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January 24, 2022

The US has ordered the relatives of its embassy staff in Ukraine to leave the country, as fears rise of a Russian invasion. Non-essential embassy staff have also been told they can leave, and US citizens have been urged to do the same.

The State Department said the embassy remained open, but that a Russian invasion could come "at any time". Russia has denied having any plans for military action in Ukraine.

The State Department also warned people not to travel to Ukraine and Russia due to the ongoing tension and "potential for harassment against US citizens". "There are reports Russia is planning significant military action against Ukraine," an advisory from the State Department said.

A State Department official told the AFP news agency that were a Russian invasion to happen, the US government "will not be in a position to evacuate US citizens in such a contingency".


The move by the US is part of a series of precautions the State Department employs when crises could put American diplomats in harm's way. It is thought that nothing specific over the past 24 hours triggered the decision.

The head of the military defence alliance Nato has warned there is a risk of fresh conflict in Europe after an estimated 100,000 Russian troops amassed on the border.

US support Ukraine with lethal weapons

On Saturday, some 90 tonnes of US "lethal aid" including ammunition for "front-line defenders" arrived in Ukraine.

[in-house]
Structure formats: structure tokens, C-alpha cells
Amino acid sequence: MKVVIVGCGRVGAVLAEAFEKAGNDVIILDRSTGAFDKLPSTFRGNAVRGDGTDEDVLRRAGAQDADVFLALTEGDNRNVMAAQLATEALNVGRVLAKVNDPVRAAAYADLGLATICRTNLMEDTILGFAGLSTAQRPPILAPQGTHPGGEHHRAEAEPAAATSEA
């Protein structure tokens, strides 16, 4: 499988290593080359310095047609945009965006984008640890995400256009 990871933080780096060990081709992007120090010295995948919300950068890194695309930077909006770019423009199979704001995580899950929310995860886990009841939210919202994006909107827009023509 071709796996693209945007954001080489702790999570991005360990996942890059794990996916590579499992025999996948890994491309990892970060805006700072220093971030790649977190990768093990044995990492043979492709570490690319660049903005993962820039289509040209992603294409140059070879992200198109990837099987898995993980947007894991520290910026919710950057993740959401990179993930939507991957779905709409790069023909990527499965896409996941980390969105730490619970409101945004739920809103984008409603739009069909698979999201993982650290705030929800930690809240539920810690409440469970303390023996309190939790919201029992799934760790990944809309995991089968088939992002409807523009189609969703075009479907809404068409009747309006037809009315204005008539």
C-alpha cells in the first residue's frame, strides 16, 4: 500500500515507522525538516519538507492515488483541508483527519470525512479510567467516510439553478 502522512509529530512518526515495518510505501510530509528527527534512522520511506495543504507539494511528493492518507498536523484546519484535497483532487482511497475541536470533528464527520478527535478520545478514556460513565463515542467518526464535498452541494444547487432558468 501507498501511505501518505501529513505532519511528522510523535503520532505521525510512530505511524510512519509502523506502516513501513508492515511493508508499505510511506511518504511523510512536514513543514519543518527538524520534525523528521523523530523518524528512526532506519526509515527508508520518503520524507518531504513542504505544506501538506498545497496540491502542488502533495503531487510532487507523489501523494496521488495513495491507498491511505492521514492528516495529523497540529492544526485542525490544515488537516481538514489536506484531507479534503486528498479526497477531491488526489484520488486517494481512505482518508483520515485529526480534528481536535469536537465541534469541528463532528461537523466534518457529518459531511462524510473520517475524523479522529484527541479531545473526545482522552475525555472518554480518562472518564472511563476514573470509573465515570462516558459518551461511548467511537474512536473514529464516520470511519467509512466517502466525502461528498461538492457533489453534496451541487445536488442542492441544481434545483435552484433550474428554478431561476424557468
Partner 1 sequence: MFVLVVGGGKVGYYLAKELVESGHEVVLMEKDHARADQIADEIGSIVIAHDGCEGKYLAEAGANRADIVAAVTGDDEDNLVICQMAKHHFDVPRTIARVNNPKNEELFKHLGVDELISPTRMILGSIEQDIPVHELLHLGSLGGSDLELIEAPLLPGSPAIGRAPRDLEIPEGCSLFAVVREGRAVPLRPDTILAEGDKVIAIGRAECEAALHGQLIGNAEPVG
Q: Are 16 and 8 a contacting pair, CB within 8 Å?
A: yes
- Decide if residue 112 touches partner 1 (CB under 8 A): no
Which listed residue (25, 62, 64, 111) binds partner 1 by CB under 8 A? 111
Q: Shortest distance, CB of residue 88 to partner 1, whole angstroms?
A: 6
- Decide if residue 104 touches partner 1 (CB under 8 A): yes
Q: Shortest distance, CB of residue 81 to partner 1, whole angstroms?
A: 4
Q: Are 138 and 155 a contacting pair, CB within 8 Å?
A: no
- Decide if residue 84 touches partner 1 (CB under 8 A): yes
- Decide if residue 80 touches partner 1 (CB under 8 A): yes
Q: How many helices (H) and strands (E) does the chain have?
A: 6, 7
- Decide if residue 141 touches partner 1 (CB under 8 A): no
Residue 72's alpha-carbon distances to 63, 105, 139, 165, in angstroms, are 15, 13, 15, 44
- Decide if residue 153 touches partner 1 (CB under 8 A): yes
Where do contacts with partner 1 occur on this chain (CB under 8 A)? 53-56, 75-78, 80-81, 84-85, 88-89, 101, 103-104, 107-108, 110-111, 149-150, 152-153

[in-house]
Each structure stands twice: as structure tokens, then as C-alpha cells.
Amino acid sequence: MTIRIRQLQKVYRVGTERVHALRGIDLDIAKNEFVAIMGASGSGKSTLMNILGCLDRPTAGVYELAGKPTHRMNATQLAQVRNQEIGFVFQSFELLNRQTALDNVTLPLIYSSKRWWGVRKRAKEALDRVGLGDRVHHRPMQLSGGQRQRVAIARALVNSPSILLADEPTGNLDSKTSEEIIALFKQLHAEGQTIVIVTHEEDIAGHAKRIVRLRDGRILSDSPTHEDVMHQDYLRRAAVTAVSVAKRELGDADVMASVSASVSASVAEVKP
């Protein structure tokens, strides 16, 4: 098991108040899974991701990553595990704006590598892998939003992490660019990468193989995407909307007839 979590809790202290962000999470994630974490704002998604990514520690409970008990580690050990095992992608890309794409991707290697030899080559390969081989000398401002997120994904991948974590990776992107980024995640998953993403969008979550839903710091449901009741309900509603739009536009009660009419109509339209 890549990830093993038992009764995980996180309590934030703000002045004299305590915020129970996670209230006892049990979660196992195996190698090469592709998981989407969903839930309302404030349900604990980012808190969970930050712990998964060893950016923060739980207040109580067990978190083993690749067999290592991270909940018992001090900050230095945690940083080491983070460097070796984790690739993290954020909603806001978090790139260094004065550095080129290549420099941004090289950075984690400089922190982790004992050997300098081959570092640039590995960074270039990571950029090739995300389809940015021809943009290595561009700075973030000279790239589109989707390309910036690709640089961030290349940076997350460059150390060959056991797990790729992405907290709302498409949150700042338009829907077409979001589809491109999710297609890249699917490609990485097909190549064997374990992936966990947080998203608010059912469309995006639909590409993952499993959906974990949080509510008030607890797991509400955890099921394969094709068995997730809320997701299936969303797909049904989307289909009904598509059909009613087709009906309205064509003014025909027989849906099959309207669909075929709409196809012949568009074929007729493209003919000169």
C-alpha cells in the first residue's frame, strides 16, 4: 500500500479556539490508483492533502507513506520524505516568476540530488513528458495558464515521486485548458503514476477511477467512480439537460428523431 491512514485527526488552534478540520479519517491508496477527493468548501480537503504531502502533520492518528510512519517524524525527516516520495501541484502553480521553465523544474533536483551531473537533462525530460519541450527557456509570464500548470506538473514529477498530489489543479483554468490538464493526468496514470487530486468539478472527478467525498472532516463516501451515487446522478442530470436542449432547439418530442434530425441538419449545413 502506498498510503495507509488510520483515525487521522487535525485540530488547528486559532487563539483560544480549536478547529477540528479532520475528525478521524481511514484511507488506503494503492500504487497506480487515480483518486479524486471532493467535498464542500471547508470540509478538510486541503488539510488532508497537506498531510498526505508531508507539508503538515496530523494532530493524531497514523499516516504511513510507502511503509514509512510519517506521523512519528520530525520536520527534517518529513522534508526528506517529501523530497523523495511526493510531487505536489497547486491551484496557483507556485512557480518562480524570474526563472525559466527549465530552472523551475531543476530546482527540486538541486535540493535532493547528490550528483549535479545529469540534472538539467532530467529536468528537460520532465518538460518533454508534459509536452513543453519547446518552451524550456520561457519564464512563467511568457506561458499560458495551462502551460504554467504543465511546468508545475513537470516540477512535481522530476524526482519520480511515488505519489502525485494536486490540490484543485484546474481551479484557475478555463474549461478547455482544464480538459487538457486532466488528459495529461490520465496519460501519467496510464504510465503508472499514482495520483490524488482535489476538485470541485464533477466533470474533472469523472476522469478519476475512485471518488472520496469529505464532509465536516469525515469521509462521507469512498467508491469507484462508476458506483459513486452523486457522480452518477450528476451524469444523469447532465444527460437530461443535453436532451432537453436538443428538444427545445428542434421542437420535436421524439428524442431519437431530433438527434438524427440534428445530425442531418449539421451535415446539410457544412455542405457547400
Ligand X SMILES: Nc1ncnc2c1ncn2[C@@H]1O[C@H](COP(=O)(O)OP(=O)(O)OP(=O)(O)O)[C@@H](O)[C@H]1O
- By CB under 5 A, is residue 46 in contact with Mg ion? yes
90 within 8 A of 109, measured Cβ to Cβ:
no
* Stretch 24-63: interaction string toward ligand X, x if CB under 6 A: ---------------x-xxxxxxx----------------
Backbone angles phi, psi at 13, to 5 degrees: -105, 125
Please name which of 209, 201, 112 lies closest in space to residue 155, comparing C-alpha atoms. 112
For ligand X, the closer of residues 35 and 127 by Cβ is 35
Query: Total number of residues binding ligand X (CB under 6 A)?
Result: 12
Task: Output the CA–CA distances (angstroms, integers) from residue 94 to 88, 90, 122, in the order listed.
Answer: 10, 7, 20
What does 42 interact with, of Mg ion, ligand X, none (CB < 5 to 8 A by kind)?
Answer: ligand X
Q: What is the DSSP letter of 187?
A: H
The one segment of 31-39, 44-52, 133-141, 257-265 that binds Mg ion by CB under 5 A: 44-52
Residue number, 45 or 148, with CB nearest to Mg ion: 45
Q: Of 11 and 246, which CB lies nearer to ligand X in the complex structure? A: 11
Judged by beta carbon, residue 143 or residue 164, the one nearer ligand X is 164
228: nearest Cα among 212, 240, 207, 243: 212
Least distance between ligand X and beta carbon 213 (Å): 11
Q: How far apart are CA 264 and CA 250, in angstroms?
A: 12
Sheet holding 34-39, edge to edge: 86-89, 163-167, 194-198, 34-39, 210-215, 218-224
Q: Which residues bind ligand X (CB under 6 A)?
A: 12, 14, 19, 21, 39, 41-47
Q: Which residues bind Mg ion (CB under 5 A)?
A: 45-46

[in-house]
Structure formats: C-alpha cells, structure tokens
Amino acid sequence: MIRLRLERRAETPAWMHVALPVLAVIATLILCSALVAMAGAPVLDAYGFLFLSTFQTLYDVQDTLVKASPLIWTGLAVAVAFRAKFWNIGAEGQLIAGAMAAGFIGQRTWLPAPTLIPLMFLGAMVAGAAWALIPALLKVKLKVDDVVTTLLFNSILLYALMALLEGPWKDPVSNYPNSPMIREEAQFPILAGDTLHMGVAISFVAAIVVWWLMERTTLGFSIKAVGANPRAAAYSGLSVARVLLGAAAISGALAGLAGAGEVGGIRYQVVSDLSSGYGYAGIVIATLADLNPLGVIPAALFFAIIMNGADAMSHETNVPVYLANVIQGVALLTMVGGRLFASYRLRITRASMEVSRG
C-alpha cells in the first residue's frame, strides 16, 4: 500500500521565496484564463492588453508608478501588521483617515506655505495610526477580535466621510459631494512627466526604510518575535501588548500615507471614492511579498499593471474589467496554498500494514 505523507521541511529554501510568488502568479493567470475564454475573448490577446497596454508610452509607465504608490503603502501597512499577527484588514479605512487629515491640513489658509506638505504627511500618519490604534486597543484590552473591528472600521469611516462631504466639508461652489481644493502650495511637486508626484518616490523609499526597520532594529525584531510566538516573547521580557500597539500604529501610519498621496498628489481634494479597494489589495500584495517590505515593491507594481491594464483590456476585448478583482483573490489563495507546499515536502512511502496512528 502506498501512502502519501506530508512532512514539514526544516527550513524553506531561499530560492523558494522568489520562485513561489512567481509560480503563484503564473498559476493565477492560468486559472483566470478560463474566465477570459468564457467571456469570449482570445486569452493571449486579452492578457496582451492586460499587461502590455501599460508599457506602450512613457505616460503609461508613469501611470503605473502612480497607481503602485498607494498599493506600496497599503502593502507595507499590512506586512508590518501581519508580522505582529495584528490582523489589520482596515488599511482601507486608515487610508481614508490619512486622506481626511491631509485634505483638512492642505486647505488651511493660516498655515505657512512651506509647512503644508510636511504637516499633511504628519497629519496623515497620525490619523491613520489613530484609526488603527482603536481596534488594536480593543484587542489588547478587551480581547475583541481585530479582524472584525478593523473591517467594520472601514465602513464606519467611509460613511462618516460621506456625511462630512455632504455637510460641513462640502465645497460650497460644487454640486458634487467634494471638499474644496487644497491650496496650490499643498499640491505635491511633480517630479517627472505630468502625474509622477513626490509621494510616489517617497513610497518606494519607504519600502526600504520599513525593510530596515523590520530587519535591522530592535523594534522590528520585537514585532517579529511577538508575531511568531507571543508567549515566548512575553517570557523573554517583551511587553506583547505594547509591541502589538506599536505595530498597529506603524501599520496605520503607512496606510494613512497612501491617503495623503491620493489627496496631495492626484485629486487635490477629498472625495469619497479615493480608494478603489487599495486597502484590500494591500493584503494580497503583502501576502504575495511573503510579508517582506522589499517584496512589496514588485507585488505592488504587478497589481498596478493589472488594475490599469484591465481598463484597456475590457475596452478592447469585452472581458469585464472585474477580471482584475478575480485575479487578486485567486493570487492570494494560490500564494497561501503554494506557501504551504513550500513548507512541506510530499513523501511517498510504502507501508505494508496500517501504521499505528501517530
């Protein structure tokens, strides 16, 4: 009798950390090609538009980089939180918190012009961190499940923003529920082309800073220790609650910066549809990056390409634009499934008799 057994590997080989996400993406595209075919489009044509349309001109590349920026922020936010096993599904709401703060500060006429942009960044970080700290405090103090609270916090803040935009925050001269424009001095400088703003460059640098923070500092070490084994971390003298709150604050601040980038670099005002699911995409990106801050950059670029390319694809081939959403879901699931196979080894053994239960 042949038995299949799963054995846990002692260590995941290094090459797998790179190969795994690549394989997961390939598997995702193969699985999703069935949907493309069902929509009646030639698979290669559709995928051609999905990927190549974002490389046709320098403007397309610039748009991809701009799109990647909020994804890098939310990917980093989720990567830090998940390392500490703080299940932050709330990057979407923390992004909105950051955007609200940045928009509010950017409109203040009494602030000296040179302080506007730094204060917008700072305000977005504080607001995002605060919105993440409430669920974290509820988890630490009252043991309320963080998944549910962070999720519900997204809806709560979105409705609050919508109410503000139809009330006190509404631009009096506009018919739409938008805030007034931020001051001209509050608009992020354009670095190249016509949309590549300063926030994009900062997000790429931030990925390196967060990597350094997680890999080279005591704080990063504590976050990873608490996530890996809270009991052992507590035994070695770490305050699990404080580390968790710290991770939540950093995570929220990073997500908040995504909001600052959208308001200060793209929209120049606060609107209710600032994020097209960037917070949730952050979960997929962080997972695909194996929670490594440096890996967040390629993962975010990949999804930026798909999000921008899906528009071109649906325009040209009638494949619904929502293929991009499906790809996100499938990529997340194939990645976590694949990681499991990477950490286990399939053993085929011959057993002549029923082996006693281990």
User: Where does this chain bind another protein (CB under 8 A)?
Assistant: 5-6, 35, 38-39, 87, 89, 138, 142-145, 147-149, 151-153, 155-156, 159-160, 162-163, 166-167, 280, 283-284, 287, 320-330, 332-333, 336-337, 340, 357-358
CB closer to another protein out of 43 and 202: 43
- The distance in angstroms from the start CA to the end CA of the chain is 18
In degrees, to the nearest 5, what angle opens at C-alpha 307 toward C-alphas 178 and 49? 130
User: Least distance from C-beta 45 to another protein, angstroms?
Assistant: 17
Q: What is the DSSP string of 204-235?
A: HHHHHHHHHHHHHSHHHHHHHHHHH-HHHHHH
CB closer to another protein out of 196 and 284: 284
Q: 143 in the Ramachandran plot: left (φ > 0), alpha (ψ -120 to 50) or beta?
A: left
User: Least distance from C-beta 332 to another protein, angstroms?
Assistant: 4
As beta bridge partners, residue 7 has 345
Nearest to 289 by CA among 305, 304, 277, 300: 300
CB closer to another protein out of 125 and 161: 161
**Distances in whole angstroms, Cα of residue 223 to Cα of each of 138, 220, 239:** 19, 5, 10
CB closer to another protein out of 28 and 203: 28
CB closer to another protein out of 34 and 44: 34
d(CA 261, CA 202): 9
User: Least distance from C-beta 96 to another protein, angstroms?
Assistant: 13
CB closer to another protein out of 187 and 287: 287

US Secretary of State Anthony Blinken said the government was putting together a "series of actions that would figure into President Putin's calculus" including beefing up defences in Ukraine with more military assistance.
Russia has seized Ukrainian territory before, when it annexed Crimea in 2014, following fierce protests in Ukraine that toppled the country's pro-Russian president. Russian forces seized control of Crimea before the territory voted to join Russia in a referendum the West and Ukraine deemed illegal.

Ever since Ukraine's military has been locked in a war with Russian-backed rebels in areas of the east near Russia's borders. An estimated 14,000 people have been killed in the Donbas region.

On Sunday, the UK Foreign Office accused Mr Putin of planning to install a pro-Moscow figure to lead Ukraine's government.

The man named by the UK Foreign Office - former Ukrainian MP Yevhen Murayev - called the claims "stupid" in an interview. UK ministers have warned that the Russian government will face serious consequences if there is an incursion.

US officials said they are concerned that Russia could try to topple and replace the Ukraine government but declined to comment on the UK foreign office's statement over the weekend.